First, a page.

Tags: tweet | lawsuit | trayvon martin | george zimmerman

Legal Expert Coffey: Suit Over Spike Lee Tweet Won't Fly in Fla.

The family suing filmmaker Spike Lee for mistakenly retweeting their address as the home of George Zimmerman, who killed Trayvon Martin, may have no luck in the Florida courts, says top legal analyst Kendall Coffey.

"People who value our laws like to say that for every wrong there must be a remedy … One might think that there should be some kind of remedy if indeed they suffered … a firestorm of threats and abuse," Coffey told "The Steve Malzberg Show" on Newsmax TV.

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"But a few years back the Supreme Court of Florida decided that the kind of claim for what they call violation of privacy — putting somebody or casting somebody in a false light through publicity that's damaging — that by itself is no longer, in the state of Florida, a valid basis to bring a claim for damages."

Lee, director of "Do the Right Thing" and "Malcolm X," has asked a federal judge to toss a lawsuit filed by Elaine and David McClain who say that retweeting their address as the home of George Zimmerman subjected them to death threats, anxiety and fear.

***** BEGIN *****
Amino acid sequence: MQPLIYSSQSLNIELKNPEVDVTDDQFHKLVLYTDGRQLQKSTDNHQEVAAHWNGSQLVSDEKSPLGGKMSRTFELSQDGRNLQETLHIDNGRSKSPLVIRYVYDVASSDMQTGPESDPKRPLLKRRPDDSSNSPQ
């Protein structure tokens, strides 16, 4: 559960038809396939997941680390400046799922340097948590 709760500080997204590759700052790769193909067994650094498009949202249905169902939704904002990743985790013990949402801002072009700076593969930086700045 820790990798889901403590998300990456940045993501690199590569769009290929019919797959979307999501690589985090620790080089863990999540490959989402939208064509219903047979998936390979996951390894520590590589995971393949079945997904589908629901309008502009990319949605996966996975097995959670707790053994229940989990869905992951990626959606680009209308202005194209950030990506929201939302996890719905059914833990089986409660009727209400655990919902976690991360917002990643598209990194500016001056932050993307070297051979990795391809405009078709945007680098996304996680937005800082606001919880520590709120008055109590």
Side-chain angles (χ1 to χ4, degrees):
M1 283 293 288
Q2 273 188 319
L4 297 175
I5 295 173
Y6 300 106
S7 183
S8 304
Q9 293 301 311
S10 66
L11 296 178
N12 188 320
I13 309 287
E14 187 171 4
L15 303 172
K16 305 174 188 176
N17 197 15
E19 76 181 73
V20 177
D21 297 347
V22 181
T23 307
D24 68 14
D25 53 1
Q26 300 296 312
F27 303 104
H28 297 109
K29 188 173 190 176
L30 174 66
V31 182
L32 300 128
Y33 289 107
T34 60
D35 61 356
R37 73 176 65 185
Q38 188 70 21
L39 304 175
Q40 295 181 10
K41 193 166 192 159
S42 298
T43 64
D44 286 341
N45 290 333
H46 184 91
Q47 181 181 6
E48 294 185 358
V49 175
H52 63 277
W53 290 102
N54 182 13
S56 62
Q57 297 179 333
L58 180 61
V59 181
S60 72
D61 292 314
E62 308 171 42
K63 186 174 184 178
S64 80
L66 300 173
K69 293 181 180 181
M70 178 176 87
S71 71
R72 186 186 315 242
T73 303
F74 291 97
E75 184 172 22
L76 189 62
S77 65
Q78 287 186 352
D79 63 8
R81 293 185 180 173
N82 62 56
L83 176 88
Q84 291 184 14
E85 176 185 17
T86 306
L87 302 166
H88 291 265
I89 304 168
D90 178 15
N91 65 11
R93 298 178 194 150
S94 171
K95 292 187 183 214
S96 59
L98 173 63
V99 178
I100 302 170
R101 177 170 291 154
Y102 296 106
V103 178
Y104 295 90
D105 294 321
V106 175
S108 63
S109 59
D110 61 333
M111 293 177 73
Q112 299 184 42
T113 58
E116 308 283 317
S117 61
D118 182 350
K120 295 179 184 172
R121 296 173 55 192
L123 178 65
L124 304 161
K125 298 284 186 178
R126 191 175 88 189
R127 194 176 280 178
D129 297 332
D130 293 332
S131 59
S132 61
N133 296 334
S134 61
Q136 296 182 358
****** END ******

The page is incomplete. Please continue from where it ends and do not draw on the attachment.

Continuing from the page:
Lee's attorneys argued the lawsuit should be dismissed since the McClains reached a $10,000 settlement with Lee last year, but the couple argues they continue to suffer mental anguish and distress.

"What these individuals would have to claim is either something called intentional infliction of emotional distress," said Coffey, a founding member of Coffey Burlington, a Miami-based law firm.

"It's hard to think they can show enough intentionality … I'm not sure they're going to get to first base or certainly not to second base in terms of a lawsuit given the decision the Supreme Court of Florida made, which actually gives less protection for individuals whose privacy rights are invaded and are wrongly subjected to negative publicity."

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The family suing filmmaker Spike Lee for mistakenly retweeting their address as the home of George Zimmerman, who killed Trayvon Martin, may have no luck in the Florida courts, says top legal analyst Kendall Coffey.
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